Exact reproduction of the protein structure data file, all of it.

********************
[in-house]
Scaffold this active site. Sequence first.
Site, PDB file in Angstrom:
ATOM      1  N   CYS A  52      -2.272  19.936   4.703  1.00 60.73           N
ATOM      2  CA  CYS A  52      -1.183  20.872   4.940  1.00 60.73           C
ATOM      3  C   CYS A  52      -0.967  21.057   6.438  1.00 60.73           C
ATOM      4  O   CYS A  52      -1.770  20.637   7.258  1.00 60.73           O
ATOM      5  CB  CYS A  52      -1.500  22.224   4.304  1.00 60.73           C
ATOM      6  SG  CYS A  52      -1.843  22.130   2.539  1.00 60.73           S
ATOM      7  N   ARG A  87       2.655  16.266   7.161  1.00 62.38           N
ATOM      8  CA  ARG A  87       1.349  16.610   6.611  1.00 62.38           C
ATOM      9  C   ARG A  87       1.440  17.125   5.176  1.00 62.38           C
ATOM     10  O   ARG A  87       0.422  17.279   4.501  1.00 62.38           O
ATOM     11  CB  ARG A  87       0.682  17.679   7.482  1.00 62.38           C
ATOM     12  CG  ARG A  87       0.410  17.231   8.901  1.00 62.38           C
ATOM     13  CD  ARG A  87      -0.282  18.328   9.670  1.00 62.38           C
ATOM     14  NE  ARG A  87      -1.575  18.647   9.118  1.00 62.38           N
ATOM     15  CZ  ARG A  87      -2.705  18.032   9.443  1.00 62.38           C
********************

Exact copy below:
[in-house]
Scaffold this active site. Sequence first.
Site, PDB file in Angstrom:
ATOM      1  N   CYS A  52      -2.272  19.936   4.703  1.00 60.73           N
ATOM      2  CA  CYS A  52      -1.183  20.872   4.940  1.00 60.73           C
ATOM      3  C   CYS A  52      -0.967  21.057   6.438  1.00 60.73           C
ATOM      4  O   CYS A  52      -1.770  20.637   7.258  1.00 60.73           O
ATOM      5  CB  CYS A  52      -1.500  22.224   4.304  1.00 60.73           C
ATOM      6  SG  CYS A  52      -1.843  22.130   2.539  1.00 60.73           S
ATOM      7  N   ARG A  87       2.655  16.266   7.161  1.00 62.38           N
ATOM      8  CA  ARG A  87       1.349  16.610   6.611  1.00 62.38           C
ATOM      9  C   ARG A  87       1.440  17.125   5.176  1.00 62.38           C
ATOM     10  O   ARG A  87       0.422  17.279   4.501  1.00 62.38           O
ATOM     11  CB  ARG A  87       0.682  17.679   7.482  1.00 62.38           C
ATOM     12  CG  ARG A  87       0.410  17.231   8.901  1.00 62.38           C
ATOM     13  CD  ARG A  87      -0.282  18.328   9.670  1.00 62.38           C
ATOM     14  NE  ARG A  87      -1.575  18.647   9.118  1.00 62.38           N
ATOM     15  CZ  ARG A  87      -2.705  18.032   9.443  1.00 62.38           C